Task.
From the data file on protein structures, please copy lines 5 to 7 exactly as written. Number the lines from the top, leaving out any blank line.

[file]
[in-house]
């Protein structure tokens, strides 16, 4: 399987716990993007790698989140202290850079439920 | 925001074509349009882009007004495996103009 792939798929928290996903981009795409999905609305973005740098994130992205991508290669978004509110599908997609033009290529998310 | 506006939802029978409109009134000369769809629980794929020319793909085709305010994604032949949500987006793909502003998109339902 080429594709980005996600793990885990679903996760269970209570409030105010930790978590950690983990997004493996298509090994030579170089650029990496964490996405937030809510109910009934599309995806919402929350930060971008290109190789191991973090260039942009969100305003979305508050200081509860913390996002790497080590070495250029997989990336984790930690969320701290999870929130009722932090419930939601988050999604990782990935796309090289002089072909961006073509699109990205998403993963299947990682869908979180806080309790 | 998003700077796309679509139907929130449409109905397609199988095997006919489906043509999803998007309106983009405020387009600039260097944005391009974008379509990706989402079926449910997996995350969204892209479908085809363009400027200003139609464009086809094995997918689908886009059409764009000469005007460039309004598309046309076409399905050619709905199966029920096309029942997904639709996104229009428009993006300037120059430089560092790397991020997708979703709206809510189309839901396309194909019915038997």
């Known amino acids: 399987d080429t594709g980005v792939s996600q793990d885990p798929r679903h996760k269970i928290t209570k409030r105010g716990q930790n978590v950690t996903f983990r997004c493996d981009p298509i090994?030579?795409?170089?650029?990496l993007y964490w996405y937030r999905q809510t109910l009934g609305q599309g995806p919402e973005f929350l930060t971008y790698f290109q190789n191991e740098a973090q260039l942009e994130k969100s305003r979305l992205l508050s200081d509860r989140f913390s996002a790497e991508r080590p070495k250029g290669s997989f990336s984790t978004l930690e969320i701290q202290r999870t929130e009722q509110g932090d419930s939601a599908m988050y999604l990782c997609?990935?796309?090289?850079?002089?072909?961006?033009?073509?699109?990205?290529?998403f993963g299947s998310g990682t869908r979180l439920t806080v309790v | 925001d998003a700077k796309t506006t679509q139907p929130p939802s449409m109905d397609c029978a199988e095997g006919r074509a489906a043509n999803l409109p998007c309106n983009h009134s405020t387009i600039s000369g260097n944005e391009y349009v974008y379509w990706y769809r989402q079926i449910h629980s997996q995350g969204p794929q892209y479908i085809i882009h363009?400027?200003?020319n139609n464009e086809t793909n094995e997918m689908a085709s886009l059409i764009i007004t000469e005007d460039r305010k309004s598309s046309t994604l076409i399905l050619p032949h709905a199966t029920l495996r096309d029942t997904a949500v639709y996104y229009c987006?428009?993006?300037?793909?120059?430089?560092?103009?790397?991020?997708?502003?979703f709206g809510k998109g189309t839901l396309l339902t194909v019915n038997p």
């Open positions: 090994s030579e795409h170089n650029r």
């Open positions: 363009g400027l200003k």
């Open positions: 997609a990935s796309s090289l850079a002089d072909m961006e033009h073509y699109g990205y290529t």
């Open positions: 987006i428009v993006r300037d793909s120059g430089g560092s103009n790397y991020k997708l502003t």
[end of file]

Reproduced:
């Open positions: 363009g400027l200003k």
């Open positions: 997609a990935s796309s090289l850079a002089d072909m961006e033009h073509y699109g990205y290529t």
């Open positions: 987006i428009v993006r300037d793909s120059g430089g560092s103009n790397y991020k997708l502003t």